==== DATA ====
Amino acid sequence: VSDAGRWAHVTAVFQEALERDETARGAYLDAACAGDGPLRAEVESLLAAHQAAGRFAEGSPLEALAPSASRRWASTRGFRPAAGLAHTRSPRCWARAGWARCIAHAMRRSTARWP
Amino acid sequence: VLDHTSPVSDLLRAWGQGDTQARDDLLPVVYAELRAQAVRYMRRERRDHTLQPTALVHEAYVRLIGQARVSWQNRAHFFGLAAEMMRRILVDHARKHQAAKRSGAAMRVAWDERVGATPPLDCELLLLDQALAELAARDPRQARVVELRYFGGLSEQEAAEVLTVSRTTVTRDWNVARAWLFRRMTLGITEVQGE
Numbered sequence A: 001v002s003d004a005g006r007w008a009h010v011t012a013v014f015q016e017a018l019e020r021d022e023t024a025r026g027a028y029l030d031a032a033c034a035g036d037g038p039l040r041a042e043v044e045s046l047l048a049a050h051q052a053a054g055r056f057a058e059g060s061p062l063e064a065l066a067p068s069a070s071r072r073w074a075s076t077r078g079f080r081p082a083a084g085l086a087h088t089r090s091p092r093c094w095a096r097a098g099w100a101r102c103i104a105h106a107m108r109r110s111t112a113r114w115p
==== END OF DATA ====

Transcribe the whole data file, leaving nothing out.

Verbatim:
Amino acid sequence: VSDAGRWAHVTAVFQEALERDETARGAYLDAACAGDGPLRAEVESLLAAHQAAGRFAEGSPLEALAPSASRRWASTRGFRPAAGLAHTRSPRCWARAGWARCIAHAMRRSTARWP
Amino acid sequence: VLDHTSPVSDLLRAWGQGDTQARDDLLPVVYAELRAQAVRYMRRERRDHTLQPTALVHEAYVRLIGQARVSWQNRAHFFGLAAEMMRRILVDHARKHQAAKRSGAAMRVAWDERVGATPPLDCELLLLDQALAELAARDPRQARVVELRYFGGLSEQEAAEVLTVSRTTVTRDWNVARAWLFRRMTLGITEVQGE
Numbered sequence A: 001v002s003d004a005g006r007w008a009h010v011t012a013v014f015q016e017a018l019e020r021d022e023t024a025r026g027a028y029l030d031a032a033c034a035g036d037g038p039l040r041a042e043v044e045s046l047l048a049a050h051q052a053a054g055r056f057a058e059g060s061p062l063e064a065l066a067p068s069a070s071r072r073w074a075s076t077r078g079f080r081p082a083a084g085l086a087h088t089r090s091p092r093c094w095a096r097a098g099w100a101r102c103i104a105h106a107m108r109r110s111t112a113r114w115p